Originally posted on Grammar Monkeys on May 7, 2012.
“Who” and “whom”’ cause all sorts of problems for writers. No one seems to know when to use which one, and whether to even bother with “whom” at all. More on that in a minute.
“Who” is a subject pronoun. It is the subject of a verb, even if that verb is in a dependent clause.
“Whom” is an object pronoun. It is the object of a verb or a preposition.
Substitute “he” or “him” to determine whether to use “who” or “whom.” If “he” makes sense, use “who.” If “him” makes sense, you can use “whom” (both have an M).
– The employee, who/whom the boss promoted after only six months, ended up doing well in her new post. (The boss promoted HE? No, the boss promoted HIM = whom)
– The employee, who/whom everyone said was incompetent, got promoted after only six months.
(Everyone said HIM was incompetent? No, everyone said HE was incompetent = who). This one is wrong a lot — editors change a lot of overcorrected “whoms.”
Usage of “who” and “whom” is in transition, and “whom” is dropping out of English.
If you’re considering pounding the table about that, realize that English used to have case (different forms for subjects and objects) for all nouns, and now it doesn’t. English also used to have subject and object forms for second-person pronouns (it’s all “you” now, in singular and plural, which explains the development of “y’all,” “youse,” “you guys” and so on, but that’s another story) but has dropped that as well. It’s only natural for languages to change, and the English language is a remarkably resilient piece of work — it has changed in all sorts of ways over the centuries, and it has come through just fine. One more change isn’t going to send it tumbling off a cliff to wrack and ruin.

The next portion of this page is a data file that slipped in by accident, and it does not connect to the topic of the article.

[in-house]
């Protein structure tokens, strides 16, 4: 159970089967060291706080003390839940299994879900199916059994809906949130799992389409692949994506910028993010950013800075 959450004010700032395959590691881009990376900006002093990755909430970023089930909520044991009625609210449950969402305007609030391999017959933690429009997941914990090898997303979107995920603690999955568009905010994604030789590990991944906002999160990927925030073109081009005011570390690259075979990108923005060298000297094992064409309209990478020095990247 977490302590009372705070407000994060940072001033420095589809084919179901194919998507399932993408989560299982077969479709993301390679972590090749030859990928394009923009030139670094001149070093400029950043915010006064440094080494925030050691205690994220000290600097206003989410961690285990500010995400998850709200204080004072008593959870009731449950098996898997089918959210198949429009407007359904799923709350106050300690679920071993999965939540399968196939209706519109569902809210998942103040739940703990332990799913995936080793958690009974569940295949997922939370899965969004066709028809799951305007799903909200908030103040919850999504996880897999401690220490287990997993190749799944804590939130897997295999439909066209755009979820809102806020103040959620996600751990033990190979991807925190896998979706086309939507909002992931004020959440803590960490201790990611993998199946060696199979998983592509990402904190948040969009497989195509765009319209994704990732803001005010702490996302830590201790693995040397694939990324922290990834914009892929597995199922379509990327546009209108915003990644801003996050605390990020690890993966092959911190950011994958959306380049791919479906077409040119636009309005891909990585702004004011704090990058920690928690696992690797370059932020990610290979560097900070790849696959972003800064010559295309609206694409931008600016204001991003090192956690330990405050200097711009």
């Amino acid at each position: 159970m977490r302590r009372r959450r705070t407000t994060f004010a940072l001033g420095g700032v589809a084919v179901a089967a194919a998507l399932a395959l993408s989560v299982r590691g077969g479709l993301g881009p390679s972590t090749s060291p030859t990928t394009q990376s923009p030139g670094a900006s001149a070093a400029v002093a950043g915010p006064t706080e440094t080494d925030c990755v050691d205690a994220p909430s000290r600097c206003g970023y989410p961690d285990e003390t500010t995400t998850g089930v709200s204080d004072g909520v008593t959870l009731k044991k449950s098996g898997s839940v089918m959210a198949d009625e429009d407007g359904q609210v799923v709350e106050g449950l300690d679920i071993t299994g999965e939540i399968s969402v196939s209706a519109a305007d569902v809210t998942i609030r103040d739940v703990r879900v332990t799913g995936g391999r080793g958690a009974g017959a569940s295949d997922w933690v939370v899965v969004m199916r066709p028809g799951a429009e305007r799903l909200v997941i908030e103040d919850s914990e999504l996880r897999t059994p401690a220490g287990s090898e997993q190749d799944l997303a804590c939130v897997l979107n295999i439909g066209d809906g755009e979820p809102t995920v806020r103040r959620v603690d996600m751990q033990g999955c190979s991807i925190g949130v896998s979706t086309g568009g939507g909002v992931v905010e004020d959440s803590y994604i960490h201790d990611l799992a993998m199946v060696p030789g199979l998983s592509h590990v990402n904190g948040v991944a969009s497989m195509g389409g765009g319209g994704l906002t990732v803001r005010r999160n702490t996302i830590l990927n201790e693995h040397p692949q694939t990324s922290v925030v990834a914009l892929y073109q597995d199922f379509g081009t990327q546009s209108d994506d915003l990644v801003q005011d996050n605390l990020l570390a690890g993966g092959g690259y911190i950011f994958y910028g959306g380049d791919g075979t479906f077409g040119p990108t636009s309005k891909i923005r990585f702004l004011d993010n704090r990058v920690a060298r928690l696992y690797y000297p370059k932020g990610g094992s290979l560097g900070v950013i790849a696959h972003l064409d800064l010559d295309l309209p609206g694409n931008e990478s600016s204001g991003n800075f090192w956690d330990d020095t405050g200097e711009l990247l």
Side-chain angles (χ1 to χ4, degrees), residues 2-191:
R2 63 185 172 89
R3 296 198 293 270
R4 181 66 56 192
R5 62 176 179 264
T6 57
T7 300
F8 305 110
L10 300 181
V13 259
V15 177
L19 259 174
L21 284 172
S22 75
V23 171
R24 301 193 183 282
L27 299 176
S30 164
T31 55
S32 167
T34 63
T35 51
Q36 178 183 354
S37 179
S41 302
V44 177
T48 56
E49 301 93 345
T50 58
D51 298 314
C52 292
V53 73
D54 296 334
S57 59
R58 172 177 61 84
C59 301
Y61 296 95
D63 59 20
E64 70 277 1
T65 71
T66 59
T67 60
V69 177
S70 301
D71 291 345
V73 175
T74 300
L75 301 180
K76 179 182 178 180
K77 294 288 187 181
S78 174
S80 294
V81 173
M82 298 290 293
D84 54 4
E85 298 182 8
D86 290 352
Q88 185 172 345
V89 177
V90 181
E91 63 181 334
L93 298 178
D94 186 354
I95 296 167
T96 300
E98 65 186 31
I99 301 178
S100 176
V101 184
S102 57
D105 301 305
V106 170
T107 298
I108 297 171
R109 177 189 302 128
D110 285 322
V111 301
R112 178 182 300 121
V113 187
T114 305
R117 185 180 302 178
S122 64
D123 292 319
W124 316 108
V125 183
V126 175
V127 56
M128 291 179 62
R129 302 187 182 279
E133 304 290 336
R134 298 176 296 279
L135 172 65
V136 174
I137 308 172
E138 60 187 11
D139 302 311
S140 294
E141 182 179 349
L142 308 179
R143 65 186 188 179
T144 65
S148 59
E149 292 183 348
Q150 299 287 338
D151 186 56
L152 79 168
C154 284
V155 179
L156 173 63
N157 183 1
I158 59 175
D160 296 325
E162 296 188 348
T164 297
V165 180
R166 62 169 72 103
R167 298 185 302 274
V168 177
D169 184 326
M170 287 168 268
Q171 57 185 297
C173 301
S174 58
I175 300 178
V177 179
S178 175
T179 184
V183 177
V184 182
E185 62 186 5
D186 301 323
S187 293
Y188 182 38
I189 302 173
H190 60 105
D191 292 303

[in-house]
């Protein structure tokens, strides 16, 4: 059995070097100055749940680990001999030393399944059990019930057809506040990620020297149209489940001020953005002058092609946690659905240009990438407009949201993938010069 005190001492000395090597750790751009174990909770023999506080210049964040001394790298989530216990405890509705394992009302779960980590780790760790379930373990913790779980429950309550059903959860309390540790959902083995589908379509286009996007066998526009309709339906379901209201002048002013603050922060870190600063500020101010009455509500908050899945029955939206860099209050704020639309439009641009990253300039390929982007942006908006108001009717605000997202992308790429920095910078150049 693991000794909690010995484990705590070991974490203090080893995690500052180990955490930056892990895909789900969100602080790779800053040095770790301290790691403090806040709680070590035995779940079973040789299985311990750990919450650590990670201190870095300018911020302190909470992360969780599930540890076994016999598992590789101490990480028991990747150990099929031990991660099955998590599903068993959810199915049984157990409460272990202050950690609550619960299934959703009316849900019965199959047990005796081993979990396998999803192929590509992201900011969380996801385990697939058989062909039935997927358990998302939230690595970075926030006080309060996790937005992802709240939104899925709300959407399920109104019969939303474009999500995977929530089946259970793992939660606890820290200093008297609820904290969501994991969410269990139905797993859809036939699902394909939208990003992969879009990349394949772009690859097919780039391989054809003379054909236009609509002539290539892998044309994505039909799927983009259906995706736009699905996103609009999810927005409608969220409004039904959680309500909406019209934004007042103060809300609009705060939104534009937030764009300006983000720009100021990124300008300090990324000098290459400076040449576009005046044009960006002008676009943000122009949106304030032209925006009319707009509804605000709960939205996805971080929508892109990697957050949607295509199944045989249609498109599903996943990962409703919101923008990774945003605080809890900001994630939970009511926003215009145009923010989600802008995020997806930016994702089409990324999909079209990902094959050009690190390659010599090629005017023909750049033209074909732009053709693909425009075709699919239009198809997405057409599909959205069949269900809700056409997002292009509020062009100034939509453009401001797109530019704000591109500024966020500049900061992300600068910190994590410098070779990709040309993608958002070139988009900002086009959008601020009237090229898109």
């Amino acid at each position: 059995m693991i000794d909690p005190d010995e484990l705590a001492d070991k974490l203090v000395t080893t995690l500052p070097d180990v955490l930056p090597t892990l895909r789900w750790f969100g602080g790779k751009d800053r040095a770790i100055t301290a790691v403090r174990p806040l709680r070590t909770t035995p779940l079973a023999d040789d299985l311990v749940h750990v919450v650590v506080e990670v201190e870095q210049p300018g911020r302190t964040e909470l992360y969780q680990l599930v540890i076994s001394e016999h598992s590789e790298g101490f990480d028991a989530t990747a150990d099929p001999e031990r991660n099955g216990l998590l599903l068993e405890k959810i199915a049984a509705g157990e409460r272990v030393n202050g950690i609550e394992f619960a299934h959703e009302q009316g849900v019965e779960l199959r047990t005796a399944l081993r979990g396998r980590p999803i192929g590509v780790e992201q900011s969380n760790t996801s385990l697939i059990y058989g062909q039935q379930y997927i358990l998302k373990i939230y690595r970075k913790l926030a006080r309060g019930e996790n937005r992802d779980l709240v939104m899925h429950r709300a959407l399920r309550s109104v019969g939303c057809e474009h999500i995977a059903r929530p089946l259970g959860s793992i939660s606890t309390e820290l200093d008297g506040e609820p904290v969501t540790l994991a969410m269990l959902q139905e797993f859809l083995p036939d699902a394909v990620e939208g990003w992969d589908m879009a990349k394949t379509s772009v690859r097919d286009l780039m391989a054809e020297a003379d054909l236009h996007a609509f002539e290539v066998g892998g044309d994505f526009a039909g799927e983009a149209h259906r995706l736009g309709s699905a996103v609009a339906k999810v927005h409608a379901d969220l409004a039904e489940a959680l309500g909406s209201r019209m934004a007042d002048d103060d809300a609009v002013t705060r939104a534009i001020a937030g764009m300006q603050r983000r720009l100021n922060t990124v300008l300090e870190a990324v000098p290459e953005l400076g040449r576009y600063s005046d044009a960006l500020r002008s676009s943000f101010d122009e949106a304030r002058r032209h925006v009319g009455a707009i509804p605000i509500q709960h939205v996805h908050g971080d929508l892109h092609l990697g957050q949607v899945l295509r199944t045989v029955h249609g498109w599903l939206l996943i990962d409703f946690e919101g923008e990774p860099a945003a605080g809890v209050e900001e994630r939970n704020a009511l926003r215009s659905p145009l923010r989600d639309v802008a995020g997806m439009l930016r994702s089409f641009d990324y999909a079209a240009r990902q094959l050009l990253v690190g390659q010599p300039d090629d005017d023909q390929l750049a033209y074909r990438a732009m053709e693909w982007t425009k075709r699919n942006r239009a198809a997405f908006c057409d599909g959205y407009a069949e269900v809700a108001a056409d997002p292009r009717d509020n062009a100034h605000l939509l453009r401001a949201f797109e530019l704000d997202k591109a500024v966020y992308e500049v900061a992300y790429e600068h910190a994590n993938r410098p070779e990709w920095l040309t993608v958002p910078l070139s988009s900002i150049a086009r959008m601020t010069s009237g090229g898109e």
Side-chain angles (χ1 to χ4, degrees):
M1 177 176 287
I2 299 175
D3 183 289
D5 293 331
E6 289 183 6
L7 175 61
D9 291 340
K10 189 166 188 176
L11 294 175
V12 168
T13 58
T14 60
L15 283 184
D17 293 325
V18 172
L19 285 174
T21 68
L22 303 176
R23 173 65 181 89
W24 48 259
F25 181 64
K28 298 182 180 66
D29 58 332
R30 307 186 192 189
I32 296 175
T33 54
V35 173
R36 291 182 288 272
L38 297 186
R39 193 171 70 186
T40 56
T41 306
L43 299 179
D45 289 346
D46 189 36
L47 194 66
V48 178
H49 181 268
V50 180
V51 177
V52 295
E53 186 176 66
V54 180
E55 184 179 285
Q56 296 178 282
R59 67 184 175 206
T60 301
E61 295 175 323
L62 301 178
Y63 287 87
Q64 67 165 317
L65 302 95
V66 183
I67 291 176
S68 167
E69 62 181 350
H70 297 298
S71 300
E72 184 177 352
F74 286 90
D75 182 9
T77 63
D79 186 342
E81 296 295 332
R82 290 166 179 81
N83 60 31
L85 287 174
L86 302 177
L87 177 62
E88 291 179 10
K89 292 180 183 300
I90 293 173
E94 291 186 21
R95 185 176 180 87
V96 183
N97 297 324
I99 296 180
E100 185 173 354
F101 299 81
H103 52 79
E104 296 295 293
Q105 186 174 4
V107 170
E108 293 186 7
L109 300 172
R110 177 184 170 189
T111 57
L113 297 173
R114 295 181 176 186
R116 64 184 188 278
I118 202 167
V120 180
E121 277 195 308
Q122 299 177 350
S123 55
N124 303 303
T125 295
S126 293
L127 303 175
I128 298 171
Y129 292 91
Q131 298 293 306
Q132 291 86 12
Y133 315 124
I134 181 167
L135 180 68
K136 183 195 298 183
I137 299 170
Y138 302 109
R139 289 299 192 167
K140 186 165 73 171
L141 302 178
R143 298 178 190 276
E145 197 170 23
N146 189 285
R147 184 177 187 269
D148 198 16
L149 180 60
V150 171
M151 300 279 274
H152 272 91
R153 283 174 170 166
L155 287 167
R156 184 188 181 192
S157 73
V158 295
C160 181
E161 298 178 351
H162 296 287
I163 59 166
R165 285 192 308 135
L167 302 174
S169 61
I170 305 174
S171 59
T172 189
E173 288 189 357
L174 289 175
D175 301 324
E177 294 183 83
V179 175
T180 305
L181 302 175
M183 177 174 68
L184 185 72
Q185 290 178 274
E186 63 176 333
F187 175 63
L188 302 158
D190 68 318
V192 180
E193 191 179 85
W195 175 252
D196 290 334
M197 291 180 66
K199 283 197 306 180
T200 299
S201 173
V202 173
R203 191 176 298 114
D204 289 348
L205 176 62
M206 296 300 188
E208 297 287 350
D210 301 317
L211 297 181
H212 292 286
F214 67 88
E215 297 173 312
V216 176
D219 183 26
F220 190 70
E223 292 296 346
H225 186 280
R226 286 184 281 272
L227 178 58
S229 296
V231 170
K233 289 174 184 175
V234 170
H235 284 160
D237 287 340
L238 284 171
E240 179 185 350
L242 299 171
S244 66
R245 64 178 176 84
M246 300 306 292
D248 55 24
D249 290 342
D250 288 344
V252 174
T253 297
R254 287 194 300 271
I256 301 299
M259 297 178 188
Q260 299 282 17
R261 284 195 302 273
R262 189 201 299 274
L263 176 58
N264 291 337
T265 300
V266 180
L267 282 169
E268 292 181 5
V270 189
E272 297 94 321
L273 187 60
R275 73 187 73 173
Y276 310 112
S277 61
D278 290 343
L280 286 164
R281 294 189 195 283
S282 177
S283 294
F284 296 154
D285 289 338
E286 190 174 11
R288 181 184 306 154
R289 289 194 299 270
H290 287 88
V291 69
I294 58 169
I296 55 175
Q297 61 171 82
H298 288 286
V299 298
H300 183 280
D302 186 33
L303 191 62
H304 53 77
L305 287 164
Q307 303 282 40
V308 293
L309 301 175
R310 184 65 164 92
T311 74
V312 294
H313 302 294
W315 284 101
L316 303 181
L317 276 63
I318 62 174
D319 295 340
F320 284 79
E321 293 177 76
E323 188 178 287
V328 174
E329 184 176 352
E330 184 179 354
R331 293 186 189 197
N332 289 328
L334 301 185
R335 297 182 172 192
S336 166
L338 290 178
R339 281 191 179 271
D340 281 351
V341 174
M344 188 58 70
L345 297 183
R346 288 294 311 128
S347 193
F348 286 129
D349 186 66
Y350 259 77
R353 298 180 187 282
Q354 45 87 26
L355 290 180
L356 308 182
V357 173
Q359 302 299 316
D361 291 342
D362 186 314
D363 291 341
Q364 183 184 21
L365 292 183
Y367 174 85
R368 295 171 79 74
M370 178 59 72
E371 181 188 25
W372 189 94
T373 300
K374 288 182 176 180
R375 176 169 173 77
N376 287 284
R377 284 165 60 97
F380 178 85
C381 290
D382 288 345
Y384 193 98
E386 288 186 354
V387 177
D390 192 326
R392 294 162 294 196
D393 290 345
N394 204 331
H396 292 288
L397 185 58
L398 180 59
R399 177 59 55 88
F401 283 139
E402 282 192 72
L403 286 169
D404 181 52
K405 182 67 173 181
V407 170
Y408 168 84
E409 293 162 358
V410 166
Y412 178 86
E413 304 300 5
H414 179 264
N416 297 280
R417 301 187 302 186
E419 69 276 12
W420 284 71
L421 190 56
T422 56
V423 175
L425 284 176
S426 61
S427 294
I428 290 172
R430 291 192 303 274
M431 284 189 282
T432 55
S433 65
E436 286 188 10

So, back to “whom”: It’s being replaced by “who” everywhere except directly following a preposition.
An interrogative (question) sentence like “Who did you see with my brother?” would have had “whom” in times past, but gets “who” almost exclusively now, unless you’re speaking with an incurable fusspot. Likewise, a declarative sentence like “I saw the neighbor who you’re always talking about” would also have had “whom,” but most people will say “who” these days (or leave it out entirely), because the object is not directly after the preposition.
Garner’s has the above usage at Stage 4 (“Ubiquitous but …,” which is the last stop before “Fully accepted”). Many other usage guides (“Woe is I” and “The Elephants of Style,” to name two) recognize the change and advise using “whom” only in the most formal contexts. Even Theodore Bernstein, not known for playing fast and loose with the rules, noted that “The waves of changes are washing against the pronouns who and whom. As to who, the day is surely coming when it will completely displace whom standing at the head of a sentence or clause …” This was in his 1971 book “Miss Thistlebottom’s Hobgoblins.” He went on to say that “the revolution has not yet arrived. It is brewing, though, and it has been for a long time.”
By now, in 2012, it looks like the revolution’s here. Give it a few years of disarray, as most revolutions require, then let it settle down, and wait for “whom” to get the mark of “archaic” in the dictionaries.